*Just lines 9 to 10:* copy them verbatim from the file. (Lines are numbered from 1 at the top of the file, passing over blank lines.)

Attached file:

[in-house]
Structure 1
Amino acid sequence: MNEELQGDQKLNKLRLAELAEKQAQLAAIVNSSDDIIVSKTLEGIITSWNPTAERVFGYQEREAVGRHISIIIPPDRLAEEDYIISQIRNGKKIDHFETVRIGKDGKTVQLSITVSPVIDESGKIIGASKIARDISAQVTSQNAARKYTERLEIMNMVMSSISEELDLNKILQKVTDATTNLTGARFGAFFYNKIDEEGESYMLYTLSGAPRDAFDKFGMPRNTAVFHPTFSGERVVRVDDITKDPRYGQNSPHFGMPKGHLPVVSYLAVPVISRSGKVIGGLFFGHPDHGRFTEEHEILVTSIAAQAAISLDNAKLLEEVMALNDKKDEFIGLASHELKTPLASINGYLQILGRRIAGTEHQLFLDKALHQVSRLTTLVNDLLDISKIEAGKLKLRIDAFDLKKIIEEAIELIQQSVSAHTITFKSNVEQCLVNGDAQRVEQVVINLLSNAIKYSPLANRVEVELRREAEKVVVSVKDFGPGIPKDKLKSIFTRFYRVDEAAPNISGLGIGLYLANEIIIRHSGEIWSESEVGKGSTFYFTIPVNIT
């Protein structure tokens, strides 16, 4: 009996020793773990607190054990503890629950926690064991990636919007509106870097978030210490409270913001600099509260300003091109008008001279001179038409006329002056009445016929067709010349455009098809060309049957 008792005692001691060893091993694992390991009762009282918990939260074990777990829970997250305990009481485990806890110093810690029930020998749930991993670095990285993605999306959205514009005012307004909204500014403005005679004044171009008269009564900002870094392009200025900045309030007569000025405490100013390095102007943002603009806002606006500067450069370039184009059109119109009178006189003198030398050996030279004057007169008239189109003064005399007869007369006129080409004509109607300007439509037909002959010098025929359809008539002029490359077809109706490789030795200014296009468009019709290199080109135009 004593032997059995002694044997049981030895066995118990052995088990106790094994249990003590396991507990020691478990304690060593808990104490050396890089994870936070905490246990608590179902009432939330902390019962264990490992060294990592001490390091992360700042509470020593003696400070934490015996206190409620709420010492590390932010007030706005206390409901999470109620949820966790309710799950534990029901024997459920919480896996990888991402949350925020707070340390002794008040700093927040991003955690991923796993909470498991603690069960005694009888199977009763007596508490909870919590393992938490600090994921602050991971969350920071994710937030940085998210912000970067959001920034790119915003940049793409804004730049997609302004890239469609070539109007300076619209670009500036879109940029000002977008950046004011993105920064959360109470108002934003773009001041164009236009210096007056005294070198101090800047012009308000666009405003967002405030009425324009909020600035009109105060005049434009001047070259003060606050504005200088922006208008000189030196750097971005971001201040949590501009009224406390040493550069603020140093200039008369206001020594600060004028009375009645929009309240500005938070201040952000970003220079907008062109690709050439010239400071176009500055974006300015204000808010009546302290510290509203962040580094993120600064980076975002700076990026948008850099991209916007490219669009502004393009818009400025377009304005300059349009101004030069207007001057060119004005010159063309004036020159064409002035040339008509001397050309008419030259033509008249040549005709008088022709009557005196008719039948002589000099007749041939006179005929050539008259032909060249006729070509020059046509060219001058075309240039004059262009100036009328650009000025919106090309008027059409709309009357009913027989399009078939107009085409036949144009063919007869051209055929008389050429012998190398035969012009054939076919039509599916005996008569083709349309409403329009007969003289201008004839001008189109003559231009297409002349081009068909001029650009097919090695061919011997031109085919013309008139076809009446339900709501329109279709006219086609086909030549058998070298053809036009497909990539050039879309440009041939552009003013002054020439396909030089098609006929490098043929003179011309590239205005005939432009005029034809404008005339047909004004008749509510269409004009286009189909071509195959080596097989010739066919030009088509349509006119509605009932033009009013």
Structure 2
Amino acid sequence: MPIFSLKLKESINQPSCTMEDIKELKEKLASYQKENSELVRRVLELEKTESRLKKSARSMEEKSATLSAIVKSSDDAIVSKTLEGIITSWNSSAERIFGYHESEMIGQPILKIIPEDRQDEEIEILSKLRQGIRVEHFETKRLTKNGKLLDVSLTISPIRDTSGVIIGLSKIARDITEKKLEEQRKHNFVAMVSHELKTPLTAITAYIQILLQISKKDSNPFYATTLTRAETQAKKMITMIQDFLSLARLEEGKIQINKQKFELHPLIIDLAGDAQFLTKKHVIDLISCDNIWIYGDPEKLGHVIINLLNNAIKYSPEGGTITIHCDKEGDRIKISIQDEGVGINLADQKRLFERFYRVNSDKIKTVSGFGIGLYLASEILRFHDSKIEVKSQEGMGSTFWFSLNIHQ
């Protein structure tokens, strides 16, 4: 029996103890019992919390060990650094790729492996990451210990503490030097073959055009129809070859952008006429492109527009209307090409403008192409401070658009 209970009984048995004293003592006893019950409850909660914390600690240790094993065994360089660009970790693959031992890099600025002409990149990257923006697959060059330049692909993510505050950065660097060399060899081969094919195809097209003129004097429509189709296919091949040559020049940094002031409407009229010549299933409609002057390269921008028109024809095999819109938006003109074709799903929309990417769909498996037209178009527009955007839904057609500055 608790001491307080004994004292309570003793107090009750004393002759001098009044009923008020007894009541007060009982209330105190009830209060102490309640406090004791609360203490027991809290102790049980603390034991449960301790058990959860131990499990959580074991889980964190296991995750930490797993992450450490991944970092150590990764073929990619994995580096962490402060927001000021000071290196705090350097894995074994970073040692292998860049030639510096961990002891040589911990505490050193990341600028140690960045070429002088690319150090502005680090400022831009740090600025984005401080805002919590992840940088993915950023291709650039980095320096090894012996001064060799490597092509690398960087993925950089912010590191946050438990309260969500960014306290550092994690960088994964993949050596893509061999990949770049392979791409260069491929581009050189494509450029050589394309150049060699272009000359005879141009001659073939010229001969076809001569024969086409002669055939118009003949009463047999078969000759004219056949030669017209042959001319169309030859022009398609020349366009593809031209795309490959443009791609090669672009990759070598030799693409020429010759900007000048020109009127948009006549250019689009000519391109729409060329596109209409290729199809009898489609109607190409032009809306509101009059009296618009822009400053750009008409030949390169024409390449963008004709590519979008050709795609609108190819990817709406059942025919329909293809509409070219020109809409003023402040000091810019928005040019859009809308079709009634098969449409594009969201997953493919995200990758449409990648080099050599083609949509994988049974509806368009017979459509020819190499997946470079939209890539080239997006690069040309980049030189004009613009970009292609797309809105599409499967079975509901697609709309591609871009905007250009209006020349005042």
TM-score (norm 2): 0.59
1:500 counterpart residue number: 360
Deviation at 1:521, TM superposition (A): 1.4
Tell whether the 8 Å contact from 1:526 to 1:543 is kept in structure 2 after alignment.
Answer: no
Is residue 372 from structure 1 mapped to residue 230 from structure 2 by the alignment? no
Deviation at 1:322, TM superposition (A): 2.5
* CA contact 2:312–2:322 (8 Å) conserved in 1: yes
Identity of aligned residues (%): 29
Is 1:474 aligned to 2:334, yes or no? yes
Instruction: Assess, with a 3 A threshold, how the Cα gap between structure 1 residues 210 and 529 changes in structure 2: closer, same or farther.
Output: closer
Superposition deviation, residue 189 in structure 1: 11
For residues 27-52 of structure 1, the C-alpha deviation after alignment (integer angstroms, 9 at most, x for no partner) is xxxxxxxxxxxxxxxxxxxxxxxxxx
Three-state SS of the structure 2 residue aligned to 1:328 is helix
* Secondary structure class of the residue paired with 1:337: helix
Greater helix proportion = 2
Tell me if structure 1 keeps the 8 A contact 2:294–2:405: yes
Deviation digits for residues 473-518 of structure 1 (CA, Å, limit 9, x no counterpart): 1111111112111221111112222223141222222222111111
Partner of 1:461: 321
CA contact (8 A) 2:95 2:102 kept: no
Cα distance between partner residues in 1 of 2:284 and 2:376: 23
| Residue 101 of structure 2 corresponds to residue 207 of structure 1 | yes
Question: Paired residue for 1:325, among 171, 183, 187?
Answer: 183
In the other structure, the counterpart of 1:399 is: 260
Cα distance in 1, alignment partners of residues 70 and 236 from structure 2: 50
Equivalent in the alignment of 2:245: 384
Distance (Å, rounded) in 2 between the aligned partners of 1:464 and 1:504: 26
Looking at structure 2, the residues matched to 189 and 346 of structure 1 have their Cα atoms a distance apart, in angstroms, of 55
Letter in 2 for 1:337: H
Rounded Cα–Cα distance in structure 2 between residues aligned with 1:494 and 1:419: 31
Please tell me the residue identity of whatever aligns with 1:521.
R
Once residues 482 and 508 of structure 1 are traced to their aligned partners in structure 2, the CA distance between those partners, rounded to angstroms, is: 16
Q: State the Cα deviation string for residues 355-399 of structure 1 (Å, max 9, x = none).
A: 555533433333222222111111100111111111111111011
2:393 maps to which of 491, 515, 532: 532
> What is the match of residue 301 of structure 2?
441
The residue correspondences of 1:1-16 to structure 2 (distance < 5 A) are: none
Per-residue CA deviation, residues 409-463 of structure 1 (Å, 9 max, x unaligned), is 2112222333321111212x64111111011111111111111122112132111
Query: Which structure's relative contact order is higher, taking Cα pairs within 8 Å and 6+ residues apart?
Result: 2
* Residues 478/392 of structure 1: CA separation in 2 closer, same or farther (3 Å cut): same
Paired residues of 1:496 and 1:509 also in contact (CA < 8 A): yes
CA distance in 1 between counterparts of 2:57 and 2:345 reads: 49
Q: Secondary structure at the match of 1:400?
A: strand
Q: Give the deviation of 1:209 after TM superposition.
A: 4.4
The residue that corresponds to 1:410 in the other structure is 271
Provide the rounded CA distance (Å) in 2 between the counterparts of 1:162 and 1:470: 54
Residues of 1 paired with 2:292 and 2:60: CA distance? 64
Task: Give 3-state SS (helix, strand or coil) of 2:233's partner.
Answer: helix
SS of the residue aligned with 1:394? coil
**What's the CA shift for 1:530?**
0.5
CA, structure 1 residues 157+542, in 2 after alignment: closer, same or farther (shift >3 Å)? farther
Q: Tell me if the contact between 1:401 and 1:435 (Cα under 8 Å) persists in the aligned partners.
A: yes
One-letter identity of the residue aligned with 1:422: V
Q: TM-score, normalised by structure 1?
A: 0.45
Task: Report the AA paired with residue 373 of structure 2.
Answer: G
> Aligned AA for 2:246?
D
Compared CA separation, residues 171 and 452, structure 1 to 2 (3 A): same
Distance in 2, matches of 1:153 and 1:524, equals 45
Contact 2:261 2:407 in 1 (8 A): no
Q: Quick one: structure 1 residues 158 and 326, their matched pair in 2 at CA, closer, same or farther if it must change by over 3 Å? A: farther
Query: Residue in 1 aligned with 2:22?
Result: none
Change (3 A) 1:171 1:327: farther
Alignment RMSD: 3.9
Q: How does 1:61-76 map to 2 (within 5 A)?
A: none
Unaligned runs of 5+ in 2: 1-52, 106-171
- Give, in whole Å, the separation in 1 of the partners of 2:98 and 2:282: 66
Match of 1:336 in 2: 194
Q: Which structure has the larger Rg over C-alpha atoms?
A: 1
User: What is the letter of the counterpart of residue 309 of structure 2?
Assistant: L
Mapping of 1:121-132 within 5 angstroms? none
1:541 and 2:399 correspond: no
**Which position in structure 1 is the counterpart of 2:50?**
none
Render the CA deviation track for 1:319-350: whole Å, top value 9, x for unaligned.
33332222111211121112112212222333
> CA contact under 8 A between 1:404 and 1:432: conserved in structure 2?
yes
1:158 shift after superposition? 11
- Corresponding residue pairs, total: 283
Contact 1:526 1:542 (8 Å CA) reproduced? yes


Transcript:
1:500 counterpart residue number: 360
Deviation at 1:521, TM superposition (A): 1.4